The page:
2. Reasons. We already covered the mysterious beginning of nature (clue 1). See clues 2-5 and use whichever ones you feel comfortable explaining, or others not listed. At least mention that there are more "clues" out there that "add up"-maybe post them on website and refer to it, or put it in hand-out. Also consider this quote from Dawkins' "Out of Eden" -- "In a universe of blind physical forces and genetic replication, some people are going to get hurt, other people are going to get lucky, and you won't find any rhyme or reason in it, nor any justice. The universe we observe has precisely the properties we should expect if there is, at the bottom, no design, no purpose, no evil and no other god. Nothing but blind, pitiless indifference. DNA neither knows nor cares. DNA just is. And we dance to its music," [Richard Dawkins, "Out of Eden" (New York: Basic Books, 1992), 133.] This supports the idea that universal moral truth cannot be grounded in nature and that our natural moral sense that there is truly right and truly wrong (question from first sermon) is a pointer to God. Kierkegaard would say to trust our moral sense, that love is the point, that God is love-because to doubt this evidence is to be like the Jews in Jesus' time who, after seeing miracles, asked for more signs because they did not trust what they were pointing to-like doubting your lover and putting faith in the alternative. Even so, He does not leave us without evidence. Do you have faith that the point of life is God's love, or do you have faith that it isn't? We will continue to talk more about this in the coming weeks.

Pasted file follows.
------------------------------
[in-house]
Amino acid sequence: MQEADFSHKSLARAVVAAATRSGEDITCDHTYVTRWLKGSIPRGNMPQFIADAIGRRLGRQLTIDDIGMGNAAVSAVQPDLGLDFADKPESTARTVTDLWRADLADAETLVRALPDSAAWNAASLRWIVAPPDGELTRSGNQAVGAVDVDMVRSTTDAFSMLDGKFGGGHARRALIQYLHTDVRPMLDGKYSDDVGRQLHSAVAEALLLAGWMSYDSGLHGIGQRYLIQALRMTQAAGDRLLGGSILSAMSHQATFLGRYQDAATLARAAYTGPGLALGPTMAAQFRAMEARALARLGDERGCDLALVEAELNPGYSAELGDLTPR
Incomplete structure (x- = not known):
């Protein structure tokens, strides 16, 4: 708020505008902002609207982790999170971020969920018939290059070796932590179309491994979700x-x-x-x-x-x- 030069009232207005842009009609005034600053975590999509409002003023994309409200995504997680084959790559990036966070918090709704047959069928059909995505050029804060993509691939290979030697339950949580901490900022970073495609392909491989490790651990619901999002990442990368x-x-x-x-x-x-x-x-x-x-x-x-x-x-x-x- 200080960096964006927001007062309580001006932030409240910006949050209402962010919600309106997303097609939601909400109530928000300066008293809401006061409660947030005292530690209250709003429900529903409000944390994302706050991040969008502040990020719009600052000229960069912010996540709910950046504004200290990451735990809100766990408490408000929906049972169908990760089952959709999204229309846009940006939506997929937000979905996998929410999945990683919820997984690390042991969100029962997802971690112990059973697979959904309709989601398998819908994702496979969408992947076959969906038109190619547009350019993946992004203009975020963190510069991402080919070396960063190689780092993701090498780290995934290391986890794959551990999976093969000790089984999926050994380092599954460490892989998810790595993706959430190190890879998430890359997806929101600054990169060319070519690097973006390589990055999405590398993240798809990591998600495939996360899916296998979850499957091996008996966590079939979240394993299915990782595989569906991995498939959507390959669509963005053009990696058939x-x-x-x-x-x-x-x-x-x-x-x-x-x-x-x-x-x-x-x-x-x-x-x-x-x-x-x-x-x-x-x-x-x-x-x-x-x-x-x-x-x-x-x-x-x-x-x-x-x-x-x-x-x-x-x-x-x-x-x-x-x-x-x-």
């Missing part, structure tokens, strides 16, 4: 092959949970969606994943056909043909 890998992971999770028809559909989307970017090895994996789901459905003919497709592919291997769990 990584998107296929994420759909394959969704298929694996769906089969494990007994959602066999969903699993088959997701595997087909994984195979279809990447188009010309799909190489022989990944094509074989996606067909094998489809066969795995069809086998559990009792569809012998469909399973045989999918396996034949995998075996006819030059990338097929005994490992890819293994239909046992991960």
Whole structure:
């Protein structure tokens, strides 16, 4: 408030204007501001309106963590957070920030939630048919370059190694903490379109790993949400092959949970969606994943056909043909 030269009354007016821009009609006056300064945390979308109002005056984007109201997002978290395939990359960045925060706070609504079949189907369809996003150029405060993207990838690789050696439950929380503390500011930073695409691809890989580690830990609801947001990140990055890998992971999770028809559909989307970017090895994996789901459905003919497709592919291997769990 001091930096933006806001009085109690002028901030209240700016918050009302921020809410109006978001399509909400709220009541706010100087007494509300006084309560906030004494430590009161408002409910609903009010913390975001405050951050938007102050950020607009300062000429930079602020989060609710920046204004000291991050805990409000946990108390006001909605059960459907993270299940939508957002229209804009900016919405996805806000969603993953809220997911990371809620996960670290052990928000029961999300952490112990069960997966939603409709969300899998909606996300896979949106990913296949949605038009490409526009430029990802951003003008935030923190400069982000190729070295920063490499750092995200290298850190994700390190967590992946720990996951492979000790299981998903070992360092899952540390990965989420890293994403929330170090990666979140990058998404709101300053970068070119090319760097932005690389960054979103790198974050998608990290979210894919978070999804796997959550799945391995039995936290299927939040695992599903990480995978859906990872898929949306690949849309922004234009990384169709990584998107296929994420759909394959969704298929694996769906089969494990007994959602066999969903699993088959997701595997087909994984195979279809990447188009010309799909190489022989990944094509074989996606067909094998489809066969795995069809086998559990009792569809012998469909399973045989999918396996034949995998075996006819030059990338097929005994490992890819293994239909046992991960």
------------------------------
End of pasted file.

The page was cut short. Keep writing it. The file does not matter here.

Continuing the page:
3. Faith. The faith the Bible talks about is belief in, not just belief that (assurance of promises we hope for, but do not yet see; confidence in the evidence behind the promise, rather than doubting the promise despite the evidence) (or loyalty and trust rather than disloyalty and distrust). But love is not love without demonstration (evidence)-and so He became human and sacrificed Himself for us. Refer back to passage -- some doubted what they saw with their eyes and touched with their hands…the miraculous isn't something just we modern folk struggle with… the apostles all ended up as great leaders in the church, though some had a lot more trouble believing than others. Keller: "We modern people think of miracles as the suspension of the natural order, but Jesus meant them to be the restoration of the natural order. … His miracles are not just proofs that he has power but also wonderful foretastes of what he is going to do with that power. Jesus' miracles are not just a challenge to our minds, but a promise to our hearts, that the world we all want is coming." Unless, of course, we think of the natural world the way the Gnostics did, and totally miss the beauty of creation. Important not to forget: the sign is not what is important - what the sign points to is important. If it points away from God, no matter how miraculous, it's a false sign-don't put your faith there. Deuteronomy 13:1-4, Matthew 6:21-23. We are not done talking about evidence in this series, we've merely gotten started. But it doesn't matter how much evidence we have of God's existence, doesn't matter how many miracles we see-the faith God wants from us is trust, love, not mere intellectual assent. (A Beautiful Mind marriage proposal clip would be cool.) Do you put faith "in" God, do you go beyond mere intellectual assent and trust Him with your life?